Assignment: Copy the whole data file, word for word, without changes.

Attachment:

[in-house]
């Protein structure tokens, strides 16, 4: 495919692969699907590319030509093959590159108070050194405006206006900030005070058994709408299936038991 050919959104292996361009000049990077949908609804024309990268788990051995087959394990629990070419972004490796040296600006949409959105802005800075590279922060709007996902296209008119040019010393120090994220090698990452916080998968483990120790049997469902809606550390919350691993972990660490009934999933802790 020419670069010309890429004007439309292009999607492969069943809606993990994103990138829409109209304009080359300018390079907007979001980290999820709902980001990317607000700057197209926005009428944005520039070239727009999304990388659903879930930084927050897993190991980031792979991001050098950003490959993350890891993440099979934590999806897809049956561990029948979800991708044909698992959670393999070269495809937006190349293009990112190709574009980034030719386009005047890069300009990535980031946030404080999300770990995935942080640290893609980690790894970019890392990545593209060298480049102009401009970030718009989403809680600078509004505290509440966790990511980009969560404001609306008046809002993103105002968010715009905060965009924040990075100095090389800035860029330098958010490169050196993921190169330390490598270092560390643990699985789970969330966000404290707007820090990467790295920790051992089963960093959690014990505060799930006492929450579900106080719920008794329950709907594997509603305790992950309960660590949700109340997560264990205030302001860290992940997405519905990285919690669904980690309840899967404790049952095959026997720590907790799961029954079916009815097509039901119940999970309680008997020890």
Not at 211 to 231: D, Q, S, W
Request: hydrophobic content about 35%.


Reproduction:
[in-house]
């Protein structure tokens, strides 16, 4: 495919692969699907590319030509093959590159108070050194405006206006900030005070058994709408299936038991 050919959104292996361009000049990077949908609804024309990268788990051995087959394990629990070419972004490796040296600006949409959105802005800075590279922060709007996902296209008119040019010393120090994220090698990452916080998968483990120790049997469902809606550390919350691993972990660490009934999933802790 020419670069010309890429004007439309292009999607492969069943809606993990994103990138829409109209304009080359300018390079907007979001980290999820709902980001990317607000700057197209926005009428944005520039070239727009999304990388659903879930930084927050897993190991980031792979991001050098950003490959993350890891993440099979934590999806897809049956561990029948979800991708044909698992959670393999070269495809937006190349293009990112190709574009980034030719386009005047890069300009990535980031946030404080999300770990995935942080640290893609980690790894970019890392990545593209060298480049102009401009970030718009989403809680600078509004505290509440966790990511980009969560404001609306008046809002993103105002968010715009905060965009924040990075100095090389800035860029330098958010490169050196993921190169330390490598270092560390643990699985789970969330966000404290707007820090990467790295920790051992089963960093959690014990505060799930006492929450579900106080719920008794329950709907594997509603305790992950309960660590949700109340997560264990205030302001860290992940997405519905990285919690669904980690309840899967404790049952095959026997720590907790799961029954079916009815097509039901119940999970309680008997020890």
Not at 211 to 231: D, Q, S, W
Request: hydrophobic content about 35%.